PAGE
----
The Pakistani government has launched an offensive against Taliban forces that have crept close to Peshawar, reversing a policy of negotiations in a hail of mortar shells. Islamabad began to worry that the radical Islamist forces pose a real threat to the major city and acted to push them back. However, this may not be all that it seems:
Pakistani forces bombarded suspected militant hide-outs with mortar shells Saturday as the government launched a major offensive against Taliban fighters threatening the main city in the country’s volatile northwest, officials said.
The offensive in the Khyber tribal region marked the first major military action Pakistan’s newly elected government has taken against the militants operating in areas along the border with Afghanistan.
The government had said it preferred to try to defuse tension with the groups through negotiations, but with threats to the city of Peshawar growing in recent weeks, the military decided to take action. Khyber also is a key route for U.S. military supplies into neighboring Afghanistan.
A round-the-clock curfew was imposed in the Bara area bordering Peshawar, and heavy contingents of troops were deployed, blocking the main road into Khyber, said Mujeeb Khan, a senior local official.
It’s the first major show of force that Pakistan has staged since the parliamentary election took policy out of the hands of Pervez Musharraf. Until now, the PPP/PML-N ruling coalition has eschewed military force for negotiations, much to the dismay of Afghanistan and the US. Earlier this week, Pakistan finally committed to stopping the Taliban from staging attacks across the border, but it was the threat to their own cities that finally moved Pakistan off of its policy of appeasement.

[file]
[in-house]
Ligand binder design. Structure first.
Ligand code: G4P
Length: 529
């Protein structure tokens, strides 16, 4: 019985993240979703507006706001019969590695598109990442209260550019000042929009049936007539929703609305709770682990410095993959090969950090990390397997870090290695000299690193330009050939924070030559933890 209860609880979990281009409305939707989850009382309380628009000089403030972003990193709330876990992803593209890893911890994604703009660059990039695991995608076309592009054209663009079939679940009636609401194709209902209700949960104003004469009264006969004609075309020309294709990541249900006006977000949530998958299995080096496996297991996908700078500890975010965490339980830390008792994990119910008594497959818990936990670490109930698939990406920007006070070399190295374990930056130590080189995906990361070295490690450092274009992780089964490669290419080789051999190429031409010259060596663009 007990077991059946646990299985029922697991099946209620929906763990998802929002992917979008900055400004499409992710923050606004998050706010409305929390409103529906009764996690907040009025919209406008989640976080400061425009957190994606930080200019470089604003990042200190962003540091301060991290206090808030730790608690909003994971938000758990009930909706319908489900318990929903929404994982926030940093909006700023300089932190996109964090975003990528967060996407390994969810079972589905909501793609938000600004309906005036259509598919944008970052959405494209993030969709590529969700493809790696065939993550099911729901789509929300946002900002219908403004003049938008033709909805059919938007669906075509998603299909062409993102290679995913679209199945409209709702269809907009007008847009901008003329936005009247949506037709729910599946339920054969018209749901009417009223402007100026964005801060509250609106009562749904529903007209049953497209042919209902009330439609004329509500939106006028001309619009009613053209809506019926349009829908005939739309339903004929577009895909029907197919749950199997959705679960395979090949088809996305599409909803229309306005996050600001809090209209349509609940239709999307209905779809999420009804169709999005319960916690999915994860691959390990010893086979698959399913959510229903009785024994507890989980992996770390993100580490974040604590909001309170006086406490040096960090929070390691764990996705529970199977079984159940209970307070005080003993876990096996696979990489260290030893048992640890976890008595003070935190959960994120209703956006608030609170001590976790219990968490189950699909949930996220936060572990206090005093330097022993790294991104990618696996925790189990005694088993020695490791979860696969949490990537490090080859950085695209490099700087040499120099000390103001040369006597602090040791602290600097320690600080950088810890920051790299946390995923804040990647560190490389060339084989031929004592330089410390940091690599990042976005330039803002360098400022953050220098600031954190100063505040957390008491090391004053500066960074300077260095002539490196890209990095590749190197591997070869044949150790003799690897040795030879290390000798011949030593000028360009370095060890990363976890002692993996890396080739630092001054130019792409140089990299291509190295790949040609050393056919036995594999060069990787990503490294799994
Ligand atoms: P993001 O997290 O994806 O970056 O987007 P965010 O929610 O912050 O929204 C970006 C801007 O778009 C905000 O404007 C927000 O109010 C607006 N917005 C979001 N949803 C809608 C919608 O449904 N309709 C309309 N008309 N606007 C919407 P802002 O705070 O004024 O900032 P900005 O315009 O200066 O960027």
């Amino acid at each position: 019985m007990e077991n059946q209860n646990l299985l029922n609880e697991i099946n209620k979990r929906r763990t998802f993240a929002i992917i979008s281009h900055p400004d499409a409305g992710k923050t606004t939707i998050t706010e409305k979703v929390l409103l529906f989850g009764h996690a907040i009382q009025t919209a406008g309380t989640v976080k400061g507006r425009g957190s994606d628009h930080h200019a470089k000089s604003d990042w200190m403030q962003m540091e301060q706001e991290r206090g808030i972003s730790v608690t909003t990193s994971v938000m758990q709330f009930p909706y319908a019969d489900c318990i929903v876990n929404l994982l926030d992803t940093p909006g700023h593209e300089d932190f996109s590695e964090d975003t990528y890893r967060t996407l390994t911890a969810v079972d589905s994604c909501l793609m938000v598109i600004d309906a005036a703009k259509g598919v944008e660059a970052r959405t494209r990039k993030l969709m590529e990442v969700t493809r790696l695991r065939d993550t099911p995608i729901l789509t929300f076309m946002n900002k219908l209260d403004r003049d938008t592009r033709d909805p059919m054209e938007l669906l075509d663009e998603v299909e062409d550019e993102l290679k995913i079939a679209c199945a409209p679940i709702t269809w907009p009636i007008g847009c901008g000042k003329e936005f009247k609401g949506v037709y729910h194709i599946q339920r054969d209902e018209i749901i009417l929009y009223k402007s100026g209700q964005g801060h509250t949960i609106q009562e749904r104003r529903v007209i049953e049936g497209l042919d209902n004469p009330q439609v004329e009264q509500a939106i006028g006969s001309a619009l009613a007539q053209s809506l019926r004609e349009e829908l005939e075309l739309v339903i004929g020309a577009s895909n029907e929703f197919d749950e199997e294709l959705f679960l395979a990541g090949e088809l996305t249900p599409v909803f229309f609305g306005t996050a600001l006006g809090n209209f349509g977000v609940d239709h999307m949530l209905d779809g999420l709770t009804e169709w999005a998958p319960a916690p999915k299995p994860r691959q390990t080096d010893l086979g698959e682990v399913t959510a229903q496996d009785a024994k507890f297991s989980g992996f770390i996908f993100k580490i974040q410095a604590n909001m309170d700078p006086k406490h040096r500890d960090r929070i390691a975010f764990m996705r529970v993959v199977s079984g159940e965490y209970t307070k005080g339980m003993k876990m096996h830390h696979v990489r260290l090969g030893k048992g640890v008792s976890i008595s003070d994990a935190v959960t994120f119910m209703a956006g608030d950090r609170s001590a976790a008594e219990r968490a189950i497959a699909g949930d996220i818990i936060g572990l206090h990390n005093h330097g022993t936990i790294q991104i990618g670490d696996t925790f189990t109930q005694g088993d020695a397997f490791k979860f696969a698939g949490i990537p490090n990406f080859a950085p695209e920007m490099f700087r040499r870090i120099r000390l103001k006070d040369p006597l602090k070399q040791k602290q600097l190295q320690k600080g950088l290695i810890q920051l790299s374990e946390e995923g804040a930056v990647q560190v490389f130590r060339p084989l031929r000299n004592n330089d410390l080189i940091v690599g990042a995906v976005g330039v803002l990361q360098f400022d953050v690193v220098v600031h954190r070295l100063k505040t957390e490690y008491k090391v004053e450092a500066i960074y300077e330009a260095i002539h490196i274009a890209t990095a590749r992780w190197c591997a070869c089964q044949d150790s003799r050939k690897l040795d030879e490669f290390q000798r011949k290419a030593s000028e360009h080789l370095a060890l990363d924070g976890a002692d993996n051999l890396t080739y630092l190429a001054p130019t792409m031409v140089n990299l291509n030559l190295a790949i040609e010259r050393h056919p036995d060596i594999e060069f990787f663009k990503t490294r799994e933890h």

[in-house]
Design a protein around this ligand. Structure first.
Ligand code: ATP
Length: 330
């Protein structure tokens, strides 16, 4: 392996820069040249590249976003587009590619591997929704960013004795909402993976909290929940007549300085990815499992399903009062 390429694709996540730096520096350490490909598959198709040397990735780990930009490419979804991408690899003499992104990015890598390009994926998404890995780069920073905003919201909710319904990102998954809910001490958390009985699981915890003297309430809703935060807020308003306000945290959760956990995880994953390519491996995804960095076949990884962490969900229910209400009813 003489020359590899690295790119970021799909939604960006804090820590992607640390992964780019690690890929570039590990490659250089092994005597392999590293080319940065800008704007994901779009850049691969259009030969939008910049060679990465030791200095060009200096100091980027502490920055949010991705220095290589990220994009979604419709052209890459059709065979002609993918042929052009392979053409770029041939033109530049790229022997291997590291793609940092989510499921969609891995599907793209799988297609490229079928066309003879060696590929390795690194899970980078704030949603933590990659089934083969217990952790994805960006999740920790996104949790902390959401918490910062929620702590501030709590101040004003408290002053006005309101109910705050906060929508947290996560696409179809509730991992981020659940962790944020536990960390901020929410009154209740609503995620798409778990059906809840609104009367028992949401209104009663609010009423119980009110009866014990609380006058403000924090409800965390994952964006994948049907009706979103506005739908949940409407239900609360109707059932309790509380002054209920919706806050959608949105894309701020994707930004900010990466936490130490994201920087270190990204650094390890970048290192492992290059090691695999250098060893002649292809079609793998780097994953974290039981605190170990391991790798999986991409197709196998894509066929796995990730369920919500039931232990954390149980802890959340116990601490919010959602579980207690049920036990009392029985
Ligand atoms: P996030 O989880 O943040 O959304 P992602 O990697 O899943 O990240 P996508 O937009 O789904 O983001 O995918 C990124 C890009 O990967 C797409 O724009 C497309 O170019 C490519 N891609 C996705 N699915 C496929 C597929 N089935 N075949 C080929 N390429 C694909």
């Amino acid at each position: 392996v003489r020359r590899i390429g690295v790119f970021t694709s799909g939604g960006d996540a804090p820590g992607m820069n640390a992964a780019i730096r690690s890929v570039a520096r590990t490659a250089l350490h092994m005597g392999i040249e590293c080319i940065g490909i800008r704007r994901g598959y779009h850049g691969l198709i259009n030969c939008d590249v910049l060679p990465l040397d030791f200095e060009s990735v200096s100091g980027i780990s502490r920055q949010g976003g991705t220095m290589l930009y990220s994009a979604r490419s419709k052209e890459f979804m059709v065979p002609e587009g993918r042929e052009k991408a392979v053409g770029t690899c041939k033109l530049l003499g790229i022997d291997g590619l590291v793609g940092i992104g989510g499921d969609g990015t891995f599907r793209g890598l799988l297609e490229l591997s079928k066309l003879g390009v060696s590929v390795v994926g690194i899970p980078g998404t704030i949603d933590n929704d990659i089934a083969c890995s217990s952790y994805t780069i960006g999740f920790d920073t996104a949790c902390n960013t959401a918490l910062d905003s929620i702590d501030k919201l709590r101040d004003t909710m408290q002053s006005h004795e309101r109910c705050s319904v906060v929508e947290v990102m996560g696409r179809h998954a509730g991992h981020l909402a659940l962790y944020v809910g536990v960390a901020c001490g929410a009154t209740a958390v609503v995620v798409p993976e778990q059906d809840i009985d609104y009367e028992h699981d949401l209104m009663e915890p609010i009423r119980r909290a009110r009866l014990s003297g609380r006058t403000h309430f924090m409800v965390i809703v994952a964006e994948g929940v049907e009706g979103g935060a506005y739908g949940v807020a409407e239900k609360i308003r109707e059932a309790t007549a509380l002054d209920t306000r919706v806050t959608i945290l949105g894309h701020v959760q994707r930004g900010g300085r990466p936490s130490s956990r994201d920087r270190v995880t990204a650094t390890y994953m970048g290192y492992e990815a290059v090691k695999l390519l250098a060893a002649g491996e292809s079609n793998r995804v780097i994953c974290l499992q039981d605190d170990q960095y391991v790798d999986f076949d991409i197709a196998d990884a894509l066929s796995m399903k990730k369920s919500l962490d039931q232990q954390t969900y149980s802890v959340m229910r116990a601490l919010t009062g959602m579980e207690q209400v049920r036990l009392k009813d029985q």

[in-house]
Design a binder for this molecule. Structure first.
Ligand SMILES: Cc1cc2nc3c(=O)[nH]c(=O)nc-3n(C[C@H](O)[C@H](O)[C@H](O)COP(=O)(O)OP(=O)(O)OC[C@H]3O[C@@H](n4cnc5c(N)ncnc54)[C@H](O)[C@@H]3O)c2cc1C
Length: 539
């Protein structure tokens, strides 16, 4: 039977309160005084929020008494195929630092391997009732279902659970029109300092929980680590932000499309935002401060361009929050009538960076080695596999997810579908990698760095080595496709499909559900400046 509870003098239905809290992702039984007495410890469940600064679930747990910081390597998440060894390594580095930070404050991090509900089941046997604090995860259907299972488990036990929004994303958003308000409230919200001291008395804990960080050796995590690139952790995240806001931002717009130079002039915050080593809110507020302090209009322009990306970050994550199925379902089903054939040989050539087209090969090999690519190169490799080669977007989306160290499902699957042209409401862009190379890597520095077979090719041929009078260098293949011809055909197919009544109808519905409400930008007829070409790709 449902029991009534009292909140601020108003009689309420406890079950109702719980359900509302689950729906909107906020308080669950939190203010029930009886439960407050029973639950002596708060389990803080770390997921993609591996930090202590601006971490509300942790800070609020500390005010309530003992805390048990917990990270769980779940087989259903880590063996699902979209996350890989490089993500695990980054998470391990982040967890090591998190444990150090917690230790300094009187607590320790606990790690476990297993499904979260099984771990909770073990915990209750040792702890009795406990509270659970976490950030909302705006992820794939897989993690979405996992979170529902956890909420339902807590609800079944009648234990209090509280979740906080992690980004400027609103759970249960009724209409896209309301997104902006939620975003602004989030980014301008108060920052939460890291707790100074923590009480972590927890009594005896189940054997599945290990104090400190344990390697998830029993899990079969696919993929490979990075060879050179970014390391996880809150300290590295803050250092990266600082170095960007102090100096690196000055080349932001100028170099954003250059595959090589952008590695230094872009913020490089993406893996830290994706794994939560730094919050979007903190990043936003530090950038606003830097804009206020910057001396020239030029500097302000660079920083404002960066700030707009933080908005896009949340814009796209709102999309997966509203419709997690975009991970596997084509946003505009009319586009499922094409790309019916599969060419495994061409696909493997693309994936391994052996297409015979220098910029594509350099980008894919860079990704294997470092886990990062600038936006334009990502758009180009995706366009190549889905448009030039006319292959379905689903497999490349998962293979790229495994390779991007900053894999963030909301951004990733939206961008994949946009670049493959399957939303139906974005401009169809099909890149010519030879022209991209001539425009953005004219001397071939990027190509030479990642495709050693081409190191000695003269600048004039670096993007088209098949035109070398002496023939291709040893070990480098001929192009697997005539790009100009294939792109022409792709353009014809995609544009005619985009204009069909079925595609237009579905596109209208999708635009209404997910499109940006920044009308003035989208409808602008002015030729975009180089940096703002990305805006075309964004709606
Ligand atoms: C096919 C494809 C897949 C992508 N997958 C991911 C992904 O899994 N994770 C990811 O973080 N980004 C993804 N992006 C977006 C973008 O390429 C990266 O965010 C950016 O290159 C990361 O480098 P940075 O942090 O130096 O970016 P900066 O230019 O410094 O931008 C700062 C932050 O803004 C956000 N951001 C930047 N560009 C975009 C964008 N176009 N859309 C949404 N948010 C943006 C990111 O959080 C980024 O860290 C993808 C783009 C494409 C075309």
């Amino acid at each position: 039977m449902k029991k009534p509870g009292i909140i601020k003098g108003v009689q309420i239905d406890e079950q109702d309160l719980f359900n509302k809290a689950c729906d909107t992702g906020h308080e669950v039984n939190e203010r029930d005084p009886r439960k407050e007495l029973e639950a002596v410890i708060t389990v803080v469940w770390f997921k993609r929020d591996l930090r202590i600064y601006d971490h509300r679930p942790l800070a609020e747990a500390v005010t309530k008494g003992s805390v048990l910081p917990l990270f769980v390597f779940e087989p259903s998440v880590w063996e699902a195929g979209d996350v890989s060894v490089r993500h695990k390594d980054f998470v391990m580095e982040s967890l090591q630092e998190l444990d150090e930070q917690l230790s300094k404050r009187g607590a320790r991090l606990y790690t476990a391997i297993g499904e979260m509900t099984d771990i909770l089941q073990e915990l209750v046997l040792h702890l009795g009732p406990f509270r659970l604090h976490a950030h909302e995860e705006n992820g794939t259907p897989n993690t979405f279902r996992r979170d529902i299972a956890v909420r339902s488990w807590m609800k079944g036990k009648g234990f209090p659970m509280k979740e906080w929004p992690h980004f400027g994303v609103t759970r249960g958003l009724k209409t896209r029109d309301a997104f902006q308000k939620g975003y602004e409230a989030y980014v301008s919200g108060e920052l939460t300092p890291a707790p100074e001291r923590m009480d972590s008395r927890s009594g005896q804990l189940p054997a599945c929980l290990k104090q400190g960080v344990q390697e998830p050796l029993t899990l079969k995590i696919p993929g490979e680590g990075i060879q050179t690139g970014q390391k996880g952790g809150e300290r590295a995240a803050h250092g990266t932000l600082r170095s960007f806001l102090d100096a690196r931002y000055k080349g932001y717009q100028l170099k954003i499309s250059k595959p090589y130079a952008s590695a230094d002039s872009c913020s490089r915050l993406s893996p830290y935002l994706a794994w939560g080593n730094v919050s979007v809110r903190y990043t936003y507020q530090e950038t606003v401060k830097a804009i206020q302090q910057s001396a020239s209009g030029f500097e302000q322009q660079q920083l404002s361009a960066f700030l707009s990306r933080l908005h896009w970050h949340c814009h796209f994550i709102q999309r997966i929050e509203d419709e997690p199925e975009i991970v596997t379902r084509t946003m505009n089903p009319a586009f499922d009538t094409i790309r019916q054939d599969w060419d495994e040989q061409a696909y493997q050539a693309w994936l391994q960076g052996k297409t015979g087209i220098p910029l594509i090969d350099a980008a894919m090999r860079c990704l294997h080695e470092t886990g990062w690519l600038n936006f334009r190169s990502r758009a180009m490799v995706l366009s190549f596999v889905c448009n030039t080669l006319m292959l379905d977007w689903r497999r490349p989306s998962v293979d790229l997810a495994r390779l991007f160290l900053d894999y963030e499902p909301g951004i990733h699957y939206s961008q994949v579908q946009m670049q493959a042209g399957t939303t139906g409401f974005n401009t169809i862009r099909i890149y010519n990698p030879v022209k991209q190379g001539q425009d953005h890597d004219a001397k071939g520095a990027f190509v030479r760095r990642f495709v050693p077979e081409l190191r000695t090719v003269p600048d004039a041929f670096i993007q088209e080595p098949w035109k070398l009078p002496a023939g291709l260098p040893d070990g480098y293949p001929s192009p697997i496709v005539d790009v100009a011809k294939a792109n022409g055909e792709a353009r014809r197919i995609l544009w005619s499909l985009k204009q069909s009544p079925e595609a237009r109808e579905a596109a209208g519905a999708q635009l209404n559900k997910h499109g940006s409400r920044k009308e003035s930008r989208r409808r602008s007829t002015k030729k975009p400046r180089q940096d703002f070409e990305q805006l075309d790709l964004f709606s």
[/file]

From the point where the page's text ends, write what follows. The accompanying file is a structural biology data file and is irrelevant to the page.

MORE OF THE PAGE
However, people shouldn’t get too excited, at least not yet. The apparent target of this attack is not the Taliban forces of Baitullah Mehsud but of his rival, Haji Namdar, the leader of the Vice and Virtue Movement within the Taliban umbrella. His forces kidnapped 16 Christians from Peshawar (and later released them), and the expansion of VVM/Taliban around Peshawar indicated something bigger was afoot. The terrorists had begun posting notices demanding that people seek justice through their shari’a courts rather than Peshawar’s civil courts.
This could just be an effort by Pakistan to narrow down their negotiations by eliminating Mehsud’s rivals. It could also be meant as a signal to Mehsud that negotiations have their limits. In either case, the Pakistanis hace learned a lesson: leaving terrorists to their own devices doesn’t work. The policy of appeasement didn’t bring about a live-and-let-live attitude among the Taliban, but an urge for expansion and aggression. Perhaps Islamabad might rethink their experiment with appeasement and rejoin the fight against radical terrorists before they really do lose an entire city.